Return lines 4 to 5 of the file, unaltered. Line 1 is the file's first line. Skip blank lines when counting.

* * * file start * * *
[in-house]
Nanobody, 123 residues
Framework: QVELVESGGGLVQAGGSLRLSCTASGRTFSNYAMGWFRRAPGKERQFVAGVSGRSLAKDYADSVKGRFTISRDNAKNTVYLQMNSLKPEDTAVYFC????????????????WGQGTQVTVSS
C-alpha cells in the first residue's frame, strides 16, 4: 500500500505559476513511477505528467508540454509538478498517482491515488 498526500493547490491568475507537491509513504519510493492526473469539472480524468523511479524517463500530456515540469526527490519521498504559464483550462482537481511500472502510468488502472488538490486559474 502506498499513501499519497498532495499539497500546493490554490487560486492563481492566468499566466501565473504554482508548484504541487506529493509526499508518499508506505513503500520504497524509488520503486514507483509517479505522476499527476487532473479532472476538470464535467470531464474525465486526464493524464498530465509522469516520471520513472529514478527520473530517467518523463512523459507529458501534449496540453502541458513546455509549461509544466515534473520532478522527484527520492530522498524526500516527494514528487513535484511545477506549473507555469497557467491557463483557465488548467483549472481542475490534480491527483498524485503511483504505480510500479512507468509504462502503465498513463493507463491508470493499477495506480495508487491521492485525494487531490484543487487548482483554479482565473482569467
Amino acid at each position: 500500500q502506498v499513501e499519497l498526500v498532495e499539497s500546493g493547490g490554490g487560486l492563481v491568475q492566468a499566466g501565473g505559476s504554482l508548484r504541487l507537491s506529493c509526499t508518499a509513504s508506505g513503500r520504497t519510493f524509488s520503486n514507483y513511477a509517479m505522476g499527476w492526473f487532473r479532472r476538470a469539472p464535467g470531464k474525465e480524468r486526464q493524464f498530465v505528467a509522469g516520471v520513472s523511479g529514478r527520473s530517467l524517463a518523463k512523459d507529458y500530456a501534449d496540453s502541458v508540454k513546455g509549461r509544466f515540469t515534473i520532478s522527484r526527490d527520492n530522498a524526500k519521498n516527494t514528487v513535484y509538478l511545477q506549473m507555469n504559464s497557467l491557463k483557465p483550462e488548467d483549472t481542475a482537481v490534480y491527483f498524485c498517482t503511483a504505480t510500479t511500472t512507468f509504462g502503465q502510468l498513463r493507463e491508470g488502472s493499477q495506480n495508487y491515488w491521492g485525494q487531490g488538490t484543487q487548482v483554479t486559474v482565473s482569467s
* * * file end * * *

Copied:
C-alpha cells in the first residue's frame, strides 16, 4: 500500500505559476513511477505528467508540454509538478498517482491515488 498526500493547490491568475507537491509513504519510493492526473469539472480524468523511479524517463500530456515540469526527490519521498504559464483550462482537481511500472502510468488502472488538490486559474 502506498499513501499519497498532495499539497500546493490554490487560486492563481492566468499566466501565473504554482508548484504541487506529493509526499508518499508506505513503500520504497524509488520503486514507483509517479505522476499527476487532473479532472476538470464535467470531464474525465486526464493524464498530465509522469516520471520513472529514478527520473530517467518523463512523459507529458501534449496540453502541458513546455509549461509544466515534473520532478522527484527520492530522498524526500516527494514528487513535484511545477506549473507555469497557467491557463483557465488548467483549472481542475490534480491527483498524485503511483504505480510500479512507468509504462502503465498513463493507463491508470493499477495506480495508487491521492485525494487531490484543487487548482483554479482565473482569467
Amino acid at each position: 500500500q502506498v499513501e499519497l498526500v498532495e499539497s500546493g493547490g490554490g487560486l492563481v491568475q492566468a499566466g501565473g505559476s504554482l508548484r504541487l507537491s506529493c509526499t508518499a509513504s508506505g513503500r520504497t519510493f524509488s520503486n514507483y513511477a509517479m505522476g499527476w492526473f487532473r479532472r476538470a469539472p464535467g470531464k474525465e480524468r486526464q493524464f498530465v505528467a509522469g516520471v520513472s523511479g529514478r527520473s530517467l524517463a518523463k512523459d507529458y500530456a501534449d496540453s502541458v508540454k513546455g509549461r509544466f515540469t515534473i520532478s522527484r526527490d527520492n530522498a524526500k519521498n516527494t514528487v513535484y509538478l511545477q506549473m507555469n504559464s497557467l491557463k483557465p483550462e488548467d483549472t481542475a482537481v490534480y491527483f498524485c498517482t503511483a504505480t510500479t511500472t512507468f509504462g502503465q502510468l498513463r493507463e491508470g488502472s493499477q495506480n495508487y491515488w491521492g485525494q487531490g488538490t484543487q487548482v483554479t486559474v482565473s482569467s